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Is Your Business Profitable?

July 16, 2019 by OSYB Staff

You have done it, started your own business. Now, comes the hard part, doing something that you love and making a profit. How do you measure your small business profitability? Intuit Quickbook shares a tool to measure your profitability, break-even analysis. Break-even analysis helps to set the selling price of your products. This calculation helps to figure out the point at which your fixed and variable costs become equal to your total revenue. This calculation reveals the number of units you need to sell to balance the books.

Here are some factors to familiarize yourself with to work on the calculation:

  1. Fixed costs – business expenses that remain the same or vary slightly every month and could include rent, property taxes, payroll, insurance premiums, and utilities
  2. Variable costs – business expenses that fluctuate up or down,and are directly dependent on the level of production or number of units you make each month and could include raw materials, direct labor costs,
    product shipping costs, and sales commissions
  3. Price per unit – setting the price of each unit is the one factor that will help determine your profitability and the only factor that you have direct control over. When setting the ‘right price’ make sure you have a thorough understanding of what your competition is charging for the same product, which price range you want to be at – low, middle or high, and what is your cost for the unit, and what level of profit do you want to make.
  4. Revenue – is simply the money you earn through the sale of your product or service during a specified period. Calculate it by multiplying the number of units sold by the cost per unit.
  5. Contribution margin – informs you as to how much each unit sold contributes toward your total revenue. Calculated by subtracting your variable expenses from your overall sales revenue. The formula is: Unit contribution margin = unit selling price – variable costs
  6. Contribution margin ratio – is the contribution margin expressed in terms of a percentage of the unit price. The contribution margin tells you the specific dollar amount that each unit contributes to your profit, while the contribution margin ratio tells you the percentage amount that product contributes to your overall profit. The formula is: Contribution margin ratio = contribution margin per unit ÷ price per unit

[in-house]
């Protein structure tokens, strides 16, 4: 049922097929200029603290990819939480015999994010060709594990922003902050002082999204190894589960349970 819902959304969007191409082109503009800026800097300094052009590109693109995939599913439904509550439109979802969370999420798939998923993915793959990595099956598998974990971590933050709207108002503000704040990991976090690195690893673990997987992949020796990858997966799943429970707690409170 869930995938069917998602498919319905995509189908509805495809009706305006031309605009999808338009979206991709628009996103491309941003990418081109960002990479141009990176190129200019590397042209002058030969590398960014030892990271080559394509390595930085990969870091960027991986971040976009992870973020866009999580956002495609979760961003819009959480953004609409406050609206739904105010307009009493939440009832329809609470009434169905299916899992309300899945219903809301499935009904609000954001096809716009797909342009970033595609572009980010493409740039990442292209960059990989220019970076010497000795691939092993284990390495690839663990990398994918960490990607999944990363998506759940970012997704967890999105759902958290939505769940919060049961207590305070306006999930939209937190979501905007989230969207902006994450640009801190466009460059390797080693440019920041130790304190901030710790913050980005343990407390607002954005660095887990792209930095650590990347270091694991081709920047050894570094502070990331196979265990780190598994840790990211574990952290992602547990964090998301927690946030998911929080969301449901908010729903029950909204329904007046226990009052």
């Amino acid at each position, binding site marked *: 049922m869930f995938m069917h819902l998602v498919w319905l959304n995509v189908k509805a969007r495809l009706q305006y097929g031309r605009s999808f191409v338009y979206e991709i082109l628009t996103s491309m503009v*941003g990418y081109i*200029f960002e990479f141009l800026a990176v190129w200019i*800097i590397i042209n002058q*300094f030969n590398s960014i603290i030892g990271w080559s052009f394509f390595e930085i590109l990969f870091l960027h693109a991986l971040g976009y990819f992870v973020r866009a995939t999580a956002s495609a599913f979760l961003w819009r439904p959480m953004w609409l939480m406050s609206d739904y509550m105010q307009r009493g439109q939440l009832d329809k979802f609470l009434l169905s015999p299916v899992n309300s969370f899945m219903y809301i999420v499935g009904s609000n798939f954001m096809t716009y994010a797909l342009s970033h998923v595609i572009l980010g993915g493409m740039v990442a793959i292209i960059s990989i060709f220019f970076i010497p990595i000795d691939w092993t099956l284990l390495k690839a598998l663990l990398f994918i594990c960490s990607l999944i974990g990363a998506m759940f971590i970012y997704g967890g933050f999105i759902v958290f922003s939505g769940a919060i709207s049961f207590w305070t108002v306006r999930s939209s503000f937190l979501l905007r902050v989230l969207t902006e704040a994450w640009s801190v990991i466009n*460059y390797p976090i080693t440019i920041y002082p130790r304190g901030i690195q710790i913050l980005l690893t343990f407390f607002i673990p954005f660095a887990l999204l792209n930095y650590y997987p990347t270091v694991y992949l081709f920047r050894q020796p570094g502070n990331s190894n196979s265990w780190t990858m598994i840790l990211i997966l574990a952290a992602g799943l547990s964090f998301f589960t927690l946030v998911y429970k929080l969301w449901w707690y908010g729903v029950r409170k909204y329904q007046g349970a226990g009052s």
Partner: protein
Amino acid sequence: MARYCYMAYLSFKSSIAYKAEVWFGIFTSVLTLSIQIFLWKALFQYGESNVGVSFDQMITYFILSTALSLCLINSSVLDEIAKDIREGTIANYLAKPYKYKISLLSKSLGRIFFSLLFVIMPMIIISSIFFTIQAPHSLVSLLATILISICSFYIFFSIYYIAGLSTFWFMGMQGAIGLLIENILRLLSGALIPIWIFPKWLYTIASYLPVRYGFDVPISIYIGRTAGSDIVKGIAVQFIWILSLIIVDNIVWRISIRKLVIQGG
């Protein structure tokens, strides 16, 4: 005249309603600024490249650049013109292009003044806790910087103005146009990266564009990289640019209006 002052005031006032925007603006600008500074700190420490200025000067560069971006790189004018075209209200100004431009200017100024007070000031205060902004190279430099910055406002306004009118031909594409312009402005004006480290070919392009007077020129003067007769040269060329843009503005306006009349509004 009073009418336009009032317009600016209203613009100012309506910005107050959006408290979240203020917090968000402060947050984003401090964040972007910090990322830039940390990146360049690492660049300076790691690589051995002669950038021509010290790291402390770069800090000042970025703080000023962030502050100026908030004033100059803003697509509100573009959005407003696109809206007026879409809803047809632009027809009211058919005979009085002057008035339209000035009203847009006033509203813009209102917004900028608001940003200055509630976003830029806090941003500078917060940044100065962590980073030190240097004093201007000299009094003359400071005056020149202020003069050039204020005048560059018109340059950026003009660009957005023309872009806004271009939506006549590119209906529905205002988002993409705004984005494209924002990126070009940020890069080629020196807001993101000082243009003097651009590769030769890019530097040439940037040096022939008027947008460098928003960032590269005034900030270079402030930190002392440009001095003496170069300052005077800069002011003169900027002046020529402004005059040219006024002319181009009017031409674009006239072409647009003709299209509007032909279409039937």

Now that you have the variables required to determine your break even analysis, here’s how to calculate it. Either, “determine your break even point by calculating the number of units you’ll need to sell to cover both your fixed and variable costs, or you can calculate the dollar amount of revenue you’ll need to generate to cover expenses. “

To calculate your break even point using how many units you’ll need to sell, your formula would be this: Break-even point in units = fixed costs ÷ contribution margin per unit

The result will tell you the exact number of units you’ll need to sell in order for your business to support itself.

If you choose to calculate your break even analysis by the amount of sales revenue you need to generate to break even, your formula would be this:
Break-even point in sales revenue = fixed costs ÷ contribution margin ratio

The result will tell you how much sales revenue you need to break even.

When you have determined your break even analysis you can adjust the prices to change the results. For example, if you want to sell less units to meet your break even analysis, you raise the price. Or, if you want your product to be accessible to more people, you can lower the price and sell more units. At this point, you can also increase your profit margins by finding ways to decrease your expenses per unit.

In conclusion, break even analysis uses “hard data to give you real answers about the future profitability of your business”. Use this tool as a part of your small business financial analysis:


For the full article: Break even analysis: How to calculate your business’s profitability

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